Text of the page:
I wholeheartedly agree with this. I'm not a cabaret artist but I am a performer. I have VHS tapes of the first shows I was in and I wasn't great. I like to think I wasn't that bad, but I wasn't amazing. If you had told me then that I'd be taking leading roles and doing Shakespeare I would never have believed it! I also would never have believed it if given a small part now I'd make an effort to make it the highlight of the show, rather than turn around and think "maybe next time".

I also go to a lot of nerd conventions and dress up in homemade costumes. I look back at the costumes I made when I started back in 2007 and I cringe at the fact that I put my name and face to those costumes, they were so badly made. Same goes for the books I write - there are some I wrote at the beginning that I'll never allow to see the light of day again because they are nothing compared to what I write now.

I guess my point is that people are born good or bad at something. Whether they stay good or bad at it is a choice, a decision whether to put that effort in.

Dita didn't walk out into the world as a star one day, it took years of determination and refinement.

mama said...

thank you mat for your response to this...im a newbie..www.nannydora.com but ive decided to step away for the scene for the near future...i wanted to be part of a welcoming world and for the most part it was but behind it was always unacceptance of newcomers, people trying something different and having ambition. i found certain areas of the country cliquey. all i wanted to do was have fun entertaining others and using my performance training to good use instead i felt obliged to prove to others i had a right to be there...and as you so rightly say it made me sad. too sad to stay around.

Scott The Magician said...

Well said. Very well said.

Steve Kaos said...

Brilliantly and jolly well put squire, I agree entirely and wholeheartedly (is that one word?) Aside from being mis guided the review was frankly rude and there is no need for that, the 'family'of the circus & performing world is possibly the single most biggest thing that got me started (some time ago..) Good work Matt x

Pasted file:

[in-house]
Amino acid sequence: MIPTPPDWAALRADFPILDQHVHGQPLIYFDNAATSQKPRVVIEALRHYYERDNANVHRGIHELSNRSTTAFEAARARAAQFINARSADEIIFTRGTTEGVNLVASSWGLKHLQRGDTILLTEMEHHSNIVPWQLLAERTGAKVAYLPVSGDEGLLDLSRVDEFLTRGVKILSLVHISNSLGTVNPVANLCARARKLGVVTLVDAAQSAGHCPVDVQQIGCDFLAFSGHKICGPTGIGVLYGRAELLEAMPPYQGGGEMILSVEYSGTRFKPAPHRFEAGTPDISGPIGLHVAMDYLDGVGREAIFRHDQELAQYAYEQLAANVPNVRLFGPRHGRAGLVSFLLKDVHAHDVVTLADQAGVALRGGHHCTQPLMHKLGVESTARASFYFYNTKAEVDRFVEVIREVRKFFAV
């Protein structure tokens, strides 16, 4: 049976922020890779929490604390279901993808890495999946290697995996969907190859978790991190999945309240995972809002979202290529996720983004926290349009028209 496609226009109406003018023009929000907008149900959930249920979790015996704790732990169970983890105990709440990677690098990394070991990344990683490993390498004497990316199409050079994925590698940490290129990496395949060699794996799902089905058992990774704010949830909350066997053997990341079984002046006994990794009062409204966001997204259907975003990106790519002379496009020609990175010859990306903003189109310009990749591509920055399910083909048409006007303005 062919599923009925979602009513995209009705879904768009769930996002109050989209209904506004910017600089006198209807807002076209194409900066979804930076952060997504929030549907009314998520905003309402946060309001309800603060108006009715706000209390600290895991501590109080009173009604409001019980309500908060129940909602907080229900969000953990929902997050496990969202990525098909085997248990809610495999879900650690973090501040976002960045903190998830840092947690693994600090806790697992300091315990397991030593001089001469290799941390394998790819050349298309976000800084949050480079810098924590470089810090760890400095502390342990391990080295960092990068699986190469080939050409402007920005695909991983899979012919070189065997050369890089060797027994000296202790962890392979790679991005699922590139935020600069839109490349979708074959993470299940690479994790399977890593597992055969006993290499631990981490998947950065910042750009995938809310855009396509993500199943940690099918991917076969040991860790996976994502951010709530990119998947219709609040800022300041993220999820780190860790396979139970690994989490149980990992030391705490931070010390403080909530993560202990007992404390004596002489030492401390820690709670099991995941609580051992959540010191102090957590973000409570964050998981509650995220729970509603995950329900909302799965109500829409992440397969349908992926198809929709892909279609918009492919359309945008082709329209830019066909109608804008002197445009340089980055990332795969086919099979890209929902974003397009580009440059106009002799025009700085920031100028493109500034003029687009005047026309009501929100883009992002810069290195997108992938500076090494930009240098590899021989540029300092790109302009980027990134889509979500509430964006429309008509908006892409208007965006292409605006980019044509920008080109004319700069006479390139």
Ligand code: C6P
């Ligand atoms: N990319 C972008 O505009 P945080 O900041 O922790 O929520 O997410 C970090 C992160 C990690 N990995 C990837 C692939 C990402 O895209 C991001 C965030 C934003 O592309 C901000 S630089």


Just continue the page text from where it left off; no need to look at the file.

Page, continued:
Zola Spud said...

Well said that man!

Tricity Vogue said...

Your thoughtfully-argued response to This Is Cabaret's article on shit burlesque raises a compelling counter-argument to Alita's, that must chime with any performer - it certainly does with me. I remember all too well the indifference or, worse, hostility, I encountered when I first took to the stage as Tricity Vogue, and I also remember the seasoned musician and the ex drag queen who took me aside and counselled me in why this had happened and what tactics I should use to get the audience's attention and approval. I also remember the grizzled old stand up comic who told me gently, "It's just stage time. You just need to rack up some more stage time and you'll be fine." (So they're not all bastards to newbies on the comedy circuit after all - at least, not in private.)

When I started out, I thought I knew it all, and it's taken almost a decade of doing cabaret to knock the hubris out of me. But I am also a writer as well as a performer, so I want to say to Alita O'Gin, in the same open-door spirit of acceptance and encouragement, that although I may agree with you that "Do it well or not at all" is a harsh command to give any performer, I still want to read her next piece for This Is Cabaret, because I found her honesty of opinion engaging, and I truly hope she will continue writing, just as I hope, like you, that burlesque performers with a passion for the scene they've found will continue performing.

This Is Cabaret's website is also a newbie, and I sincerely believe that those of us on the cabaret and burlesque scene should offer them the same support you so rightly encourage us to offer new performers while the site finds its feet, its voice, and its place in the cabaret and burlesque firmament. Even if we don't always like everything they do or say. And, despite being a contributor on the site, I don't always like everything they do or say myself - but I want them to keep growing, and stay a part of our cabaret world. Thank you, Mat, for making us all think about what we have, as a cabaret family. I appreciate the reminder to cherish it.

BigChief RandomChaos said...

Well said - the article disturbed me too a bit - I'm old enough now to have been through various performance scenes in my time and it's always a bad sign when established performers start trying to make rules as to what should or should not be seen